National Gallery of Art - THE COLLECTION

Tour: Whistler, Sargent, and Tanner — Americans Abroad in the Late 1800s
Overview

« back to gallery

Most major American artists have studied in Europe, and many choose to remain abroad. Indeed, during the late nineteenth century, several of the world’s most influential painters were American expatriates.

James McNeill Whistler led the aesthetic movement that cultivated color harmonies and simplified shapes as “art for art’s sake.” When a boy, he took drawing lessons in St. Petersburg, Russia, and then learned print techniques while making government maps in Washington, D.C. Later in London, Paris, and Venice, Whistler endlessly refined and adjusted his prints and paintings, often taking years to complete his abstracted stylizations.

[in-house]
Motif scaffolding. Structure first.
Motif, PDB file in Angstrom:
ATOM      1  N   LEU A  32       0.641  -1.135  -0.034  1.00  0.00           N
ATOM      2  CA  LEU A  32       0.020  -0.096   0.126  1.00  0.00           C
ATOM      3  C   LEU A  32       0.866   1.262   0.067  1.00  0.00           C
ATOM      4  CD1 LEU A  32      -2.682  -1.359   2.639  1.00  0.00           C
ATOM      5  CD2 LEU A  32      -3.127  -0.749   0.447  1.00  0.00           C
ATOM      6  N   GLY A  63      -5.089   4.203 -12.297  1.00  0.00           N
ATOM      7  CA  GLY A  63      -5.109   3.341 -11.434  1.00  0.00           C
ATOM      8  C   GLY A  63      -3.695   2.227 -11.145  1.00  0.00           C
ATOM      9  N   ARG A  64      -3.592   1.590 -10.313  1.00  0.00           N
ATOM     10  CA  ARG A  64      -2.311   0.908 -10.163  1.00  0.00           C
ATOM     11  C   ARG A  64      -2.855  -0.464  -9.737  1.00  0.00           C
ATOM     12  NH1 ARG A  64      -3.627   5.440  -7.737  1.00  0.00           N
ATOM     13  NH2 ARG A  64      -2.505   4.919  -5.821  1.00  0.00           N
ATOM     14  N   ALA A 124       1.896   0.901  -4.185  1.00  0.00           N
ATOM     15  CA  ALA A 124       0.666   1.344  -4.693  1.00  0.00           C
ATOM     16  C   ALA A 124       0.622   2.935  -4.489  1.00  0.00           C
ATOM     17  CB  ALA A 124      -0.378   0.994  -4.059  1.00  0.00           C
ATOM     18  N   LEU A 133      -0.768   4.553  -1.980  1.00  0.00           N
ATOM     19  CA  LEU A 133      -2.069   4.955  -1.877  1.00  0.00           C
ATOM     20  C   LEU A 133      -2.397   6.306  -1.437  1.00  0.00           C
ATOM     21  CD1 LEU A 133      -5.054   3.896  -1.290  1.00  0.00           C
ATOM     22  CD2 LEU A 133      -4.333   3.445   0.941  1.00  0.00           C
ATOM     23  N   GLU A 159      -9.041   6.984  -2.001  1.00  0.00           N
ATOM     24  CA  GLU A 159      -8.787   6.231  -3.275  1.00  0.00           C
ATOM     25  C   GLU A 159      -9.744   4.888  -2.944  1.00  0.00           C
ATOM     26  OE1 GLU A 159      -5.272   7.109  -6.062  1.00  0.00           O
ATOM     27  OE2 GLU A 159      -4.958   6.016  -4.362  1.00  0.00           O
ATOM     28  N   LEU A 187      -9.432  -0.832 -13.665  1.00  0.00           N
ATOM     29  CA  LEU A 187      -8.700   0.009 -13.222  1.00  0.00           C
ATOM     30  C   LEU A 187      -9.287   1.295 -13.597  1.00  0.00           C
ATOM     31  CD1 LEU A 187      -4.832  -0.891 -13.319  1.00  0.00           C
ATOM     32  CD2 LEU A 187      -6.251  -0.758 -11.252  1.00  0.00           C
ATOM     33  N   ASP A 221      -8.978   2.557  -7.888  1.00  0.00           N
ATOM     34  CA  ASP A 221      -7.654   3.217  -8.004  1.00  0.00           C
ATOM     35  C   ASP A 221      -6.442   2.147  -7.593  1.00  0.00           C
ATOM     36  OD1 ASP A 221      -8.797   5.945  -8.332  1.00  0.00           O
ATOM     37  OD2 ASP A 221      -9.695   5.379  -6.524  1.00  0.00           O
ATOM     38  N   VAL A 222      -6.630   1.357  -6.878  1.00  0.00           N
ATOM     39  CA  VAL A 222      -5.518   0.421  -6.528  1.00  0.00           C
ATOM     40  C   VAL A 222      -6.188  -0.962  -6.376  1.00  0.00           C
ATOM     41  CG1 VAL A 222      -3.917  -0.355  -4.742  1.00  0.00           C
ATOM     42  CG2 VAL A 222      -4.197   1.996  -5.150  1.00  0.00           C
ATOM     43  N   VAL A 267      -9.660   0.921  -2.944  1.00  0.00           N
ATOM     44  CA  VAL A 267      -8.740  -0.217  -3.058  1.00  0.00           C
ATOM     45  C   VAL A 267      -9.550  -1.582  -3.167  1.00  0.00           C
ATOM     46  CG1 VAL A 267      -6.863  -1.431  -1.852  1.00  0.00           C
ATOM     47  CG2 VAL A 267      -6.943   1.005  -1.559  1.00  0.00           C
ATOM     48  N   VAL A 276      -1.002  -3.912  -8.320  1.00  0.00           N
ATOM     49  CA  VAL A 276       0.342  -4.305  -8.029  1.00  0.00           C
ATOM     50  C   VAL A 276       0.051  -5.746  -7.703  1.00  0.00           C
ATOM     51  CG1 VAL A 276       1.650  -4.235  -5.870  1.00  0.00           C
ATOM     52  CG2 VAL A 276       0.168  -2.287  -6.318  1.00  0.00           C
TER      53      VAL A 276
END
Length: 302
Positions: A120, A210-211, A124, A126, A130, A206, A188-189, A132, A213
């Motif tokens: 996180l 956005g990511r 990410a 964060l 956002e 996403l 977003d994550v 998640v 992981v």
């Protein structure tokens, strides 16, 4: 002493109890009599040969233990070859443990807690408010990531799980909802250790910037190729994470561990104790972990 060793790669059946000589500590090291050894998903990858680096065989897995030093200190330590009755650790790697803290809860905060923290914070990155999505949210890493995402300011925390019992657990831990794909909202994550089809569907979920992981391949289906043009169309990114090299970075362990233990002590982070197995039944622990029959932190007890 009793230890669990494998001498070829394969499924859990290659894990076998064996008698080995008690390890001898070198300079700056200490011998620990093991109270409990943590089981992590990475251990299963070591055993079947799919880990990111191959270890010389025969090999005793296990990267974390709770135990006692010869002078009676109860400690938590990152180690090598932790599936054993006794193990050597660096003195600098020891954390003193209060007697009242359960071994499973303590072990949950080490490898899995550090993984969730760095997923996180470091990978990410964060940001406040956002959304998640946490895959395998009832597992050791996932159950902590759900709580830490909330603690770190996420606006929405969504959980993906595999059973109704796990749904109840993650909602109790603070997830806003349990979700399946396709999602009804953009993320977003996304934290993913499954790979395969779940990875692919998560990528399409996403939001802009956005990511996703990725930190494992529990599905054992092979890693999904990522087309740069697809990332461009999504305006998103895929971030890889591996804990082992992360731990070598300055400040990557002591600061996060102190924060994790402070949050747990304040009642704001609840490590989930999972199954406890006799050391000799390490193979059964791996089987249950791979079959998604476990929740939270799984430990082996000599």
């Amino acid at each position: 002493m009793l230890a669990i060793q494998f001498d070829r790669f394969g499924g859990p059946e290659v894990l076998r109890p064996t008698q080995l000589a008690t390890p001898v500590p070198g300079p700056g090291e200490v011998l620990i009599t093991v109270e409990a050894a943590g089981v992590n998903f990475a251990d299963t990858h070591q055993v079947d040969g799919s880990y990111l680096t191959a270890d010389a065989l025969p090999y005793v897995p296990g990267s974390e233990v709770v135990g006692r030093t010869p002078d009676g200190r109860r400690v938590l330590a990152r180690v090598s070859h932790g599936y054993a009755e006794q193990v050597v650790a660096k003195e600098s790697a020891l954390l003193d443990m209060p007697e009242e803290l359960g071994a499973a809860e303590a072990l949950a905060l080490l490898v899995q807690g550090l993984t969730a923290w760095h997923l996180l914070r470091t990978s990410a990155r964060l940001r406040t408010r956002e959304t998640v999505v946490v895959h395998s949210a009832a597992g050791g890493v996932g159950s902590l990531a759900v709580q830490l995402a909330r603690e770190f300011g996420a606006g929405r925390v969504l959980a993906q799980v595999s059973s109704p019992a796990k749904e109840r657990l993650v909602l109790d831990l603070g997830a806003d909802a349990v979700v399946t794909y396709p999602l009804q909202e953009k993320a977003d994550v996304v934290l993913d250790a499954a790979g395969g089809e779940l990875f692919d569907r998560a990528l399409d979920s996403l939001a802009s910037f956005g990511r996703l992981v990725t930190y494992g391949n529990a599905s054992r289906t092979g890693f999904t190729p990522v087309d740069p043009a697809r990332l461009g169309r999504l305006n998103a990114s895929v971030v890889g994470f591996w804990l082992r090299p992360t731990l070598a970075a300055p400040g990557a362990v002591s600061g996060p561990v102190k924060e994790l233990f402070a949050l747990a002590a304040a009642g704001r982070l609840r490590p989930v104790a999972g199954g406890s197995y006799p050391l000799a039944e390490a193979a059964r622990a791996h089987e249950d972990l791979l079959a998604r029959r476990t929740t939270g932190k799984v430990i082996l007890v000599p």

John Singer Sargent, hailed on both sides of the Atlantic as a society portraitist, was educated in Florence, Rome, and Nice by his wealthy parents. His avant-garde style, founded on the bravura brushwork of the seventeenth-century old masters Frans Hals and Diego Velázquez, gained popular acclaim. Making a sensational debut in Paris in his early twenties, Sargent became famous for his rapid execution of oils and watercolors.

« back to gallery